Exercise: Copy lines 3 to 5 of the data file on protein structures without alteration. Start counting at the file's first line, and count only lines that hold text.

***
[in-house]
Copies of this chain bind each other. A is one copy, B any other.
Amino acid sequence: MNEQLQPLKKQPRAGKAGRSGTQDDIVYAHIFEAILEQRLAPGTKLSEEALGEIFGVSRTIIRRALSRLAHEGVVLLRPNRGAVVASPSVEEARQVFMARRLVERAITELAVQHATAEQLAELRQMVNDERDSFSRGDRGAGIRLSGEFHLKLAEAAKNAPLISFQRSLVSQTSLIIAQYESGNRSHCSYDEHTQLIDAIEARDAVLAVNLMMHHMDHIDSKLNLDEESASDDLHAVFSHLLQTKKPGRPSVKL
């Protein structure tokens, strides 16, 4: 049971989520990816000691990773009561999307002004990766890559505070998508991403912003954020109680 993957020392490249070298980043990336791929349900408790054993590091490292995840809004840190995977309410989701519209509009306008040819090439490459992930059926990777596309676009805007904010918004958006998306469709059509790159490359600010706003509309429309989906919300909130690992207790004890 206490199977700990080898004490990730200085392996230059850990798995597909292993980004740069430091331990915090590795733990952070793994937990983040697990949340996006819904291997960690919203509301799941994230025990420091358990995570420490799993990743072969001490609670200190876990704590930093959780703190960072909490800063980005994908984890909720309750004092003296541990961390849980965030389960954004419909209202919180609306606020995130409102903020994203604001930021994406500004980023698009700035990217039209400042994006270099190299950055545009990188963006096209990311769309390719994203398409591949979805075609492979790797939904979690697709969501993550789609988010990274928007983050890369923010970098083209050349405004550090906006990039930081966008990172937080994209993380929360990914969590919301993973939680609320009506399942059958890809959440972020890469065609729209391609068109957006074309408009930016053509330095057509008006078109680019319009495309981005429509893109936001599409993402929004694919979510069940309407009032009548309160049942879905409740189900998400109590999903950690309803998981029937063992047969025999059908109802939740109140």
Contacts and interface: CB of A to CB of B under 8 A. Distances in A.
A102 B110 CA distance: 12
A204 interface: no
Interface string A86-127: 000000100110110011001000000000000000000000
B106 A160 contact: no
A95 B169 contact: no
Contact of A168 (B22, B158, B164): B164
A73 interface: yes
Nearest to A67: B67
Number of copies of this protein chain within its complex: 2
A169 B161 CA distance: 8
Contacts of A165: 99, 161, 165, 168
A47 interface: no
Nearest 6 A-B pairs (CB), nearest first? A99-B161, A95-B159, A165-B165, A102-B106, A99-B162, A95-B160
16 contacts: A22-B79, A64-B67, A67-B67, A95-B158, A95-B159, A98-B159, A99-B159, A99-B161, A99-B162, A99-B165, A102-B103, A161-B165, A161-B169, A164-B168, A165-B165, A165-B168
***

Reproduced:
Amino acid sequence: MNEQLQPLKKQPRAGKAGRSGTQDDIVYAHIFEAILEQRLAPGTKLSEEALGEIFGVSRTIIRRALSRLAHEGVVLLRPNRGAVVASPSVEEARQVFMARRLVERAITELAVQHATAEQLAELRQMVNDERDSFSRGDRGAGIRLSGEFHLKLAEAAKNAPLISFQRSLVSQTSLIIAQYESGNRSHCSYDEHTQLIDAIEARDAVLAVNLMMHHMDHIDSKLNLDEESASDDLHAVFSHLLQTKKPGRPSVKL
């Protein structure tokens, strides 16, 4: 049971989520990816000691990773009561999307002004990766890559505070998508991403912003954020109680 993957020392490249070298980043990336791929349900408790054993590091490292995840809004840190995977309410989701519209509009306008040819090439490459992930059926990777596309676009805007904010918004958006998306469709059509790159490359600010706003509309429309989906919300909130690992207790004890 206490199977700990080898004490990730200085392996230059850990798995597909292993980004740069430091331990915090590795733990952070793994937990983040697990949340996006819904291997960690919203509301799941994230025990420091358990995570420490799993990743072969001490609670200190876990704590930093959780703190960072909490800063980005994908984890909720309750004092003296541990961390849980965030389960954004419909209202919180609306606020995130409102903020994203604001930021994406500004980023698009700035990217039209400042994006270099190299950055545009990188963006096209990311769309390719994203398409591949979805075609492979790797939904979690697709969501993550789609988010990274928007983050890369923010970098083209050349405004550090906006990039930081966008990172937080994209993380929360990914969590919301993973939680609320009506399942059958890809959440972020890469065609729209391609068109957006074309408009930016053509330095057509008006078109680019319009495309981005429509893109936001599409993402929004694919979510069940309407009032009548309160049942879905409740189900998400109590999903950690309803998981029937063992047969025999059908109802939740109140």
Contacts and interface: CB of A to CB of B under 8 A. Distances in A.